Aliens Without Documents at the Ports Aren’t ‘Seeking to Enter the United States Lawfully’

Regardless of whether CBP ‘immigration officers’ are wearing OFO blue or Border Patrol green, the same rules apply

By Andrew R. Arthur on June 5, 2023

As I have explained numerous times of late, the Biden administration is now funneling would-be illegal migrants through the ports of entry without actually stopping them from entering the United States illegally, and pretending it’s all legal. It’s not, so let me break it down. The key takeaway is that it is no more “legal” for aliens to seek entry at the ports without documents than it is for them to enter illegally without documents between ports of entry. Whether the “immigration officer” who encounters that alien is wearing CBP officer blue or Border Patrol green, the same rules apply.

Two Kinds of Aliens — and a Whole Lot of Subcategories. Under the Immigration and Nationality Act (INA), there are two primary classes of aliens: Aliens who are removable from the United States, and aliens who aren’t. There are a lot of subcategories of aliens who aren’t removable, and almost as many categories of aliens who are.

At the top of the list of aliens who aren’t removable from the United States are “lawful permanent residents” (LPRs), commonly known as “green card holders”. They can live and work in the United States permanently — provided they don’t fall into a status that renders them removable — and to apply after a set period for “naturalization”, the process by which they can become citizens.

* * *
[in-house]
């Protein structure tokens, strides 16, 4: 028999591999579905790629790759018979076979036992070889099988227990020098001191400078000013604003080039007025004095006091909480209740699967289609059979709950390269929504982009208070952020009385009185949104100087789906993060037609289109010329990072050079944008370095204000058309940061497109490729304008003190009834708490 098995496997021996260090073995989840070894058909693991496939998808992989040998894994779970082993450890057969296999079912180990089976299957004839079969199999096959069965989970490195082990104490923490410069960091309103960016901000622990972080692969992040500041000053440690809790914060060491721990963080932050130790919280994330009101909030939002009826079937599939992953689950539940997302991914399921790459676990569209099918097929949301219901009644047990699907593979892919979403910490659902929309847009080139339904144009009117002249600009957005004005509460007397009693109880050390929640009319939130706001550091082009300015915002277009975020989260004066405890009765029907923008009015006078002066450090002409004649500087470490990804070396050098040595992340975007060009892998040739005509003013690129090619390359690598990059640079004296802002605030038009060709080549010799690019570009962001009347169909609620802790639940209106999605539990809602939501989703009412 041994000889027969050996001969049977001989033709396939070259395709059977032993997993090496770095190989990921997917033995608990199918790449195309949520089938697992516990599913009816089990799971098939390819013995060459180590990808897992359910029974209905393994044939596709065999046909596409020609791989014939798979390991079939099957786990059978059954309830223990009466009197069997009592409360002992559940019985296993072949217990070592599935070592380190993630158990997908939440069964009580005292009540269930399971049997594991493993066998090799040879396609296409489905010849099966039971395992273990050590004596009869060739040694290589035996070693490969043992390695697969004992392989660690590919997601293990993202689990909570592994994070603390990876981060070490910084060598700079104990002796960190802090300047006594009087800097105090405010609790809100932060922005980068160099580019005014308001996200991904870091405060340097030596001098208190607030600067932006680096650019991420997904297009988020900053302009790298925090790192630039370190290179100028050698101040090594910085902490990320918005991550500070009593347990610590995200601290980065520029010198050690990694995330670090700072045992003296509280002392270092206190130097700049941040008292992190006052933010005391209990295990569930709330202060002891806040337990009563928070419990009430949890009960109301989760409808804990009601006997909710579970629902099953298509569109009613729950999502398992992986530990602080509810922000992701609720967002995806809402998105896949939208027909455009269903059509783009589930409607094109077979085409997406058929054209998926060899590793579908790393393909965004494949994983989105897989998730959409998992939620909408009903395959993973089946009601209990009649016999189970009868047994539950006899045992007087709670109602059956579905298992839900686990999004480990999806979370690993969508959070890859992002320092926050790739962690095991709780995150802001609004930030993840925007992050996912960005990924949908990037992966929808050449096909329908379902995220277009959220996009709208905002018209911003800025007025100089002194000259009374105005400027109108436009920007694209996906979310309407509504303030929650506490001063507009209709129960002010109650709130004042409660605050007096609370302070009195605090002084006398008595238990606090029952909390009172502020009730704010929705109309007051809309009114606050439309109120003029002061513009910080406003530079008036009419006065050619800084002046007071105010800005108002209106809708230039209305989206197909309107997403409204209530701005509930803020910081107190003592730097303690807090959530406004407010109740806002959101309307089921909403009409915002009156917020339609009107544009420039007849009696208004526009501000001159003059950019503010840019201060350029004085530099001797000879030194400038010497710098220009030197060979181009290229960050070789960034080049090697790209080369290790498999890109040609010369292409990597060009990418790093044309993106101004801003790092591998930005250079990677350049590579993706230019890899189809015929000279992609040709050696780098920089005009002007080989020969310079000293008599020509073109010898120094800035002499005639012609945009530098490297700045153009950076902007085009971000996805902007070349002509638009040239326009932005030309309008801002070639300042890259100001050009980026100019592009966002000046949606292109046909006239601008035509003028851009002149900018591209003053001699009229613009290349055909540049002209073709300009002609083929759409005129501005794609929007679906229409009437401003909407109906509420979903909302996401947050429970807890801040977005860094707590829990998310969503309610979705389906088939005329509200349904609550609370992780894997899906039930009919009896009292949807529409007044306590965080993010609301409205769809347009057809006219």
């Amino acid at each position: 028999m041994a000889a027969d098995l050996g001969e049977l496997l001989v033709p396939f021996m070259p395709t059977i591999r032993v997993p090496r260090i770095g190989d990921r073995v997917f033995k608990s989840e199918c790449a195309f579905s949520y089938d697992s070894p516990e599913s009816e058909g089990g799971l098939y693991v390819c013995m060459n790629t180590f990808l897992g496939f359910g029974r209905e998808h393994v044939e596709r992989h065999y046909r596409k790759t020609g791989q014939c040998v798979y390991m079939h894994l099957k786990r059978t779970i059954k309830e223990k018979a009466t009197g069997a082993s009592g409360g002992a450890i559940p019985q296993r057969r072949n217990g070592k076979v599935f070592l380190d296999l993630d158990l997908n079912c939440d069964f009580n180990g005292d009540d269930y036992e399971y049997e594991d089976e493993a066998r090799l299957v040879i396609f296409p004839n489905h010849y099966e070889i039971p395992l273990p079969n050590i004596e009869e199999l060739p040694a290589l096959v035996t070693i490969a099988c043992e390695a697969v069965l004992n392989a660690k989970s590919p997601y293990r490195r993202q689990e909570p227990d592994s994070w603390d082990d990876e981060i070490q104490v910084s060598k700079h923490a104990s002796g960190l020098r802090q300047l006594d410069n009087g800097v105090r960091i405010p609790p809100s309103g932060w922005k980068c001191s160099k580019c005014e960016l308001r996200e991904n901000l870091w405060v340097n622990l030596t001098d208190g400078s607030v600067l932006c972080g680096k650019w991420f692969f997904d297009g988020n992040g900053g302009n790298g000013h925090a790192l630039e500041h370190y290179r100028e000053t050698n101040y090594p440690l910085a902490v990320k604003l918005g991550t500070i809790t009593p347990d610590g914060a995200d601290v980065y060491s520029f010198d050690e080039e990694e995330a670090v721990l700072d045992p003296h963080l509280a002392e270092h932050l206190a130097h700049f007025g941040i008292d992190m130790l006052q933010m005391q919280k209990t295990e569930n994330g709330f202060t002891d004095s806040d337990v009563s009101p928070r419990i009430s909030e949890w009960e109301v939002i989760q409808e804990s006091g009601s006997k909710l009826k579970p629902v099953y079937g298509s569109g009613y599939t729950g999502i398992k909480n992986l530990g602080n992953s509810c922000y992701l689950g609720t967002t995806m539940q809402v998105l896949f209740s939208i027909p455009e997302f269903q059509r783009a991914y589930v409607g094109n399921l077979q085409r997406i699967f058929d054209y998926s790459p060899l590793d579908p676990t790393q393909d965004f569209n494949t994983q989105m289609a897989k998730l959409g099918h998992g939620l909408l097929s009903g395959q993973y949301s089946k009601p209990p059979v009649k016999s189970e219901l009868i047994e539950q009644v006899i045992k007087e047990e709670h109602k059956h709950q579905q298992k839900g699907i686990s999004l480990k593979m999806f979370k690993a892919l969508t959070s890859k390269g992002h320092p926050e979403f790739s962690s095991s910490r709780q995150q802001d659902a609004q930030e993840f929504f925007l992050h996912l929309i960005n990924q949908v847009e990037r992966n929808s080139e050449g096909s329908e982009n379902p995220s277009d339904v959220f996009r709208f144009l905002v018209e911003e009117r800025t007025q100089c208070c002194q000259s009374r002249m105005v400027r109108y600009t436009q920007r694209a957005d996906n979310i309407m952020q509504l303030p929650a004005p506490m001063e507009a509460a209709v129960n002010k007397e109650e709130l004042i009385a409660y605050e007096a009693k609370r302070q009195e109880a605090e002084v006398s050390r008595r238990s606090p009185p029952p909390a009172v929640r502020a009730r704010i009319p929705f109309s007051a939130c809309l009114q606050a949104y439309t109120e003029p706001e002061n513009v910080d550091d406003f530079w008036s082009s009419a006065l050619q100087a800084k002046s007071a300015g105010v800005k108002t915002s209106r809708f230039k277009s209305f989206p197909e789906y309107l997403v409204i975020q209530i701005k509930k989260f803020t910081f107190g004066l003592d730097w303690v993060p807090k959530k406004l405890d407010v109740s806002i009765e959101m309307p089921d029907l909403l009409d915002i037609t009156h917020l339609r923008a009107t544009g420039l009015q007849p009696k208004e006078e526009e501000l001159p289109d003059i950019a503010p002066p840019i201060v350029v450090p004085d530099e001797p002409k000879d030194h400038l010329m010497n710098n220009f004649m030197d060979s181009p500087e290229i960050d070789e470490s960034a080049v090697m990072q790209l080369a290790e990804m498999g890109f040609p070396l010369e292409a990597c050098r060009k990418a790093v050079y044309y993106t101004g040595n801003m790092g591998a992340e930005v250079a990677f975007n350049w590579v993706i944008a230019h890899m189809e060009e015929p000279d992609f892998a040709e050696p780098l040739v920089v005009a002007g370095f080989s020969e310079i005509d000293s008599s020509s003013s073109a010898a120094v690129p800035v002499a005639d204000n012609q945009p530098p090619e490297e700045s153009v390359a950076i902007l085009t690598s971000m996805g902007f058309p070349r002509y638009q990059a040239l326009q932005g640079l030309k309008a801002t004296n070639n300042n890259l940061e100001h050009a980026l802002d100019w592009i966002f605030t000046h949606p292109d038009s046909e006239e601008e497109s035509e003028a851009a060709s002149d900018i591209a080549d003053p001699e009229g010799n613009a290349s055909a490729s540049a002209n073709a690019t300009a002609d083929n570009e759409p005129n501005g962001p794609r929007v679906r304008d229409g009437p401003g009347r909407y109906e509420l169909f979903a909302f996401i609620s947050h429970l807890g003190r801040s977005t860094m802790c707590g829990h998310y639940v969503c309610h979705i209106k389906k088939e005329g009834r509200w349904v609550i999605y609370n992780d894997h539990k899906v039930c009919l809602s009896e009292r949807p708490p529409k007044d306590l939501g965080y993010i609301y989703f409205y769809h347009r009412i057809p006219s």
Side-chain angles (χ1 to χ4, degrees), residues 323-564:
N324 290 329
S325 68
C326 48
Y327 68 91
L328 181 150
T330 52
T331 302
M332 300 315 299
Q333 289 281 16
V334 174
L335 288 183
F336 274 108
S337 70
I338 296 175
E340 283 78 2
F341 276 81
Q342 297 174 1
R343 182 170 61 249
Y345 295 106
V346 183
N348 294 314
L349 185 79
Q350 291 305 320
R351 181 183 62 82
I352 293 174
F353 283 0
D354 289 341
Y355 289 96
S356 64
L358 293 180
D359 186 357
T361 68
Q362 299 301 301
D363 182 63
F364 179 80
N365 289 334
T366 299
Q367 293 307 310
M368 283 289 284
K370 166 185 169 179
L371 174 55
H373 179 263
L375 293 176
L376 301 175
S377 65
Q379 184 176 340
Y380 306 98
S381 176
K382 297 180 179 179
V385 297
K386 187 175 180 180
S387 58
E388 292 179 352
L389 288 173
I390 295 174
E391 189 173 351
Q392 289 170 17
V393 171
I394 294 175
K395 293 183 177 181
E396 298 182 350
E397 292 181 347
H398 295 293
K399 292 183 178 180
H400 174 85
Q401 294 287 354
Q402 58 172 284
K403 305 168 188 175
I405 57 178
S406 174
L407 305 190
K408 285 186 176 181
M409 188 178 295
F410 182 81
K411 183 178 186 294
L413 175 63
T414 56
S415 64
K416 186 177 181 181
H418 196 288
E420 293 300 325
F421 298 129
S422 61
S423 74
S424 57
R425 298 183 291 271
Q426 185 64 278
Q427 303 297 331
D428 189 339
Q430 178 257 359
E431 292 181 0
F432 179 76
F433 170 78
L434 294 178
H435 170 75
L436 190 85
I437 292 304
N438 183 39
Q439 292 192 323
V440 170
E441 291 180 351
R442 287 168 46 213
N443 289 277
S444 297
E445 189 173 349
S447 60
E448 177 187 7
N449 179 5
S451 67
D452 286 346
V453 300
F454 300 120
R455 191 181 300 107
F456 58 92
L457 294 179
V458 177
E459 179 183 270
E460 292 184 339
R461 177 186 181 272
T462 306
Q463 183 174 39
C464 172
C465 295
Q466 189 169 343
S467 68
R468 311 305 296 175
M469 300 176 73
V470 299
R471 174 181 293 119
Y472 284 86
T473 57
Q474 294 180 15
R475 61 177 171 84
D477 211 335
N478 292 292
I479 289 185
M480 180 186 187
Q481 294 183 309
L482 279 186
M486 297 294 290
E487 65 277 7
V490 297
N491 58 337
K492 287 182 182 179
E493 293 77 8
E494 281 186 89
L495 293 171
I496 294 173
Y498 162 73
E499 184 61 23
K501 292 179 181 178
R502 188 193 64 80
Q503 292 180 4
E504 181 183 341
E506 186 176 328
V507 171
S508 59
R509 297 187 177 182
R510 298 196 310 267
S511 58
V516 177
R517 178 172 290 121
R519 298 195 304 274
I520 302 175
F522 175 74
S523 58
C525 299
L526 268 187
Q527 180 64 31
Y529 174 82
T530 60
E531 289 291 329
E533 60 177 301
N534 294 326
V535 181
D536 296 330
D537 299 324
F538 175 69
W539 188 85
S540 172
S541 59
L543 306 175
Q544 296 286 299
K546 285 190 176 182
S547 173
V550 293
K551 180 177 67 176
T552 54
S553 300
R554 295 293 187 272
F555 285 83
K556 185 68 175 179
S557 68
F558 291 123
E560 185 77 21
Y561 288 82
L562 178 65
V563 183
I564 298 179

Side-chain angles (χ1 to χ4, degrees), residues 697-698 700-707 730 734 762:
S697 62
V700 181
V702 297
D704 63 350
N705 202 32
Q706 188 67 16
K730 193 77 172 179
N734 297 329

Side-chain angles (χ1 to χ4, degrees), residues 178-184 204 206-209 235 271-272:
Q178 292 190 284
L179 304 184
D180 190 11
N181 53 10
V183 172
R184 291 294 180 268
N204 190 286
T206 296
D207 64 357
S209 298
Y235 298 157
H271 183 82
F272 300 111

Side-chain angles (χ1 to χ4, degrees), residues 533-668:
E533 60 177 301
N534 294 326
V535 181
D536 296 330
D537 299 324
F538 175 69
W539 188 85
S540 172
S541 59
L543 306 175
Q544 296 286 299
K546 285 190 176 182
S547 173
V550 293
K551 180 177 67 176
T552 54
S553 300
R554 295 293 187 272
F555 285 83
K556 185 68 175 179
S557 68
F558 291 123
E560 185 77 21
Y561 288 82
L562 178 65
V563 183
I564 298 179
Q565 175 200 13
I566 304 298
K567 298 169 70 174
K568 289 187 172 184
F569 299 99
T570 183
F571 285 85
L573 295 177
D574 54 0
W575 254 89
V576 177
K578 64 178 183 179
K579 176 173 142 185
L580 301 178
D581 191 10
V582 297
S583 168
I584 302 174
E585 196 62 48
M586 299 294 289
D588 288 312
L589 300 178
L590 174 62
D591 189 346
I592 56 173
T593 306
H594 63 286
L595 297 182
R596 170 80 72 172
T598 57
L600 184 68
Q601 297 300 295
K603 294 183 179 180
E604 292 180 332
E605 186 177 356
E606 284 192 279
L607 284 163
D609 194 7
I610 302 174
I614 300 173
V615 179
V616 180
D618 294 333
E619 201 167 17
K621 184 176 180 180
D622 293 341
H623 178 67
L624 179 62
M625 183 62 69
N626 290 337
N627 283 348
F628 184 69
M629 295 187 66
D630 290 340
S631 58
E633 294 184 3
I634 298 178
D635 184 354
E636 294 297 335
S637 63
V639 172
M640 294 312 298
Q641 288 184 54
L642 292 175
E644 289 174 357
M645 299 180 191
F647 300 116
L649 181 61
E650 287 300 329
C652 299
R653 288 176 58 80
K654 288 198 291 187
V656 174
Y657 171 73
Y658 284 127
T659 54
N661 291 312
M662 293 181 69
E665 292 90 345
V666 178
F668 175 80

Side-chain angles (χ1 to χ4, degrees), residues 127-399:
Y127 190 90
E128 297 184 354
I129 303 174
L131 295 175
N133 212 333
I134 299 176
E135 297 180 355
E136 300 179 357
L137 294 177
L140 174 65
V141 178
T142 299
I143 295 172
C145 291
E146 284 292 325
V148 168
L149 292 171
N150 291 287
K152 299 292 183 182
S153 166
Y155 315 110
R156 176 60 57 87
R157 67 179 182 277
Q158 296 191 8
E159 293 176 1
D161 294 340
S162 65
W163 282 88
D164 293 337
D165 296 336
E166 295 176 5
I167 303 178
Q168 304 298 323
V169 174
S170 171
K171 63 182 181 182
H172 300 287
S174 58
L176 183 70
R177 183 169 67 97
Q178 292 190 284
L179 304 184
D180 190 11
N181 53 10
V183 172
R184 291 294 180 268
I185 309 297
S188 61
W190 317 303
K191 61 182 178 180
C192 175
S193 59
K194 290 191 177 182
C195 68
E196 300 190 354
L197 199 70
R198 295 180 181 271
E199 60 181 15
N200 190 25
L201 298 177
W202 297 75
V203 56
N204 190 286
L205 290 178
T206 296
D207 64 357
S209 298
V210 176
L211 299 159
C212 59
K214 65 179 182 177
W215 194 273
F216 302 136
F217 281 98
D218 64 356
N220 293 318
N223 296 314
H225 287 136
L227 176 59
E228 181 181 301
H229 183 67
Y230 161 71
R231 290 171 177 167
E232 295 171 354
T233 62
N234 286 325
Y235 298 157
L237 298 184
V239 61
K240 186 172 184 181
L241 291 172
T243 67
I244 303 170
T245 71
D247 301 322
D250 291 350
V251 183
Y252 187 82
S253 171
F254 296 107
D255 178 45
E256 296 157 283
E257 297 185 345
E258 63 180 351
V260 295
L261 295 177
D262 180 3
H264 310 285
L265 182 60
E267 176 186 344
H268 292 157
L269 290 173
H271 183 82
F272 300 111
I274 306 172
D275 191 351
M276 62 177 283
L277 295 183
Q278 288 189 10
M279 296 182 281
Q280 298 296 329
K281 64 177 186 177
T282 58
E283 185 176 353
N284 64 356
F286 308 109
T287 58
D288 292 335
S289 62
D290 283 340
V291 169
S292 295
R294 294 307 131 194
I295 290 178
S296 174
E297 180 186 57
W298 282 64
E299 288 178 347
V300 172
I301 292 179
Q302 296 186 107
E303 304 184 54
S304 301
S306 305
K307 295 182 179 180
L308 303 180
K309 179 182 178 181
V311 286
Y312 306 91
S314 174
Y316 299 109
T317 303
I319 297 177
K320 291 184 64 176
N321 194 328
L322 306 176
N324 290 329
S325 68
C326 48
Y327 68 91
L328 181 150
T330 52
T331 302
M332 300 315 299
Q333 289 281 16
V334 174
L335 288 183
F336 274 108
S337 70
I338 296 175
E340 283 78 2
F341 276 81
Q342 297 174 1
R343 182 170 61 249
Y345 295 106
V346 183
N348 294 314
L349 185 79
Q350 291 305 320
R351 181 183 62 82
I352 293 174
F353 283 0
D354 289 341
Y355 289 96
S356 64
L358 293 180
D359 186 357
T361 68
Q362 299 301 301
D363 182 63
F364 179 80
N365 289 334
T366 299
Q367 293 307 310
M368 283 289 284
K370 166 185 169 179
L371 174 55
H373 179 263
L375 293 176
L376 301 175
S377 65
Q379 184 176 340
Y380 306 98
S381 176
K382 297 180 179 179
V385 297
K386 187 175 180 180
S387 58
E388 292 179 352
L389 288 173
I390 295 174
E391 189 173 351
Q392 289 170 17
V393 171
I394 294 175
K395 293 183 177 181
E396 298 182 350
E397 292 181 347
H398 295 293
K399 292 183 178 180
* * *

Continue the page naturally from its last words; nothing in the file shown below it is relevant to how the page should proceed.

Many people — in the White House, in the media, and even in Congress — think appearing at ports of entry without documents and claiming asylum is somehow “more legal” than entering illegally without documents and claiming asylum. It’s not.

Then there are refugees and aliens who have been granted asylum (commonly known as “asylees”). They also can remain permanently provided they don’t fall into a removable status, and to apply under section 209 of the INA to become LPRs after they have lived in refugee or asylee status here for a year.

Next are “nonimmigrants”, aliens coming temporarily as tourists, students, diplomats, fiancé/es, etc. or to do certain kinds of work under restrictions Congress has placed on their individual nonimmigrant status. So long as they comply with those terms, don’t fall into a status that renders them removable, and leave when they are supposed to, the INA leaves them alone.

Some nonimmigrants can change to another nonimmigrant status, and some can “adjust” their status and become LPRs, too — subject to exceptions, and provided they’re eligible for an immigrant visa, an immigrant visa is “immediately available” to them, and they’re not “inadmissible” (a concept I’ll discuss below).

Then, there are aliens who are removable from the United States. Whether and how they’re removable depends on whether they were admitted (also a concept I’ll explain below) or not.

Whether lawfully admitted aliens are removable depends on whether they fall within one or more of the classes of “deportable” aliens in section 237 of the INA or not.

Admitted aliens may be deportable because they weren’t admissible when they were admitted, they violated the terms of their nonimmigrant status, they committed certain criminal offenses, or on security grounds — the list goes on and on and includes Nazi persecutors and unlawful voters.

When lawfully admitted aliens are charged with deportability, ICE bears the burden under section 240(c)(2) of the INA to establish “by clear and convincing evidence that” they are “deportable”.

Then, there are aliens here who haven’t been admitted. They are deemed to be seeking a visa or admission, regardless of whether that’s true or not.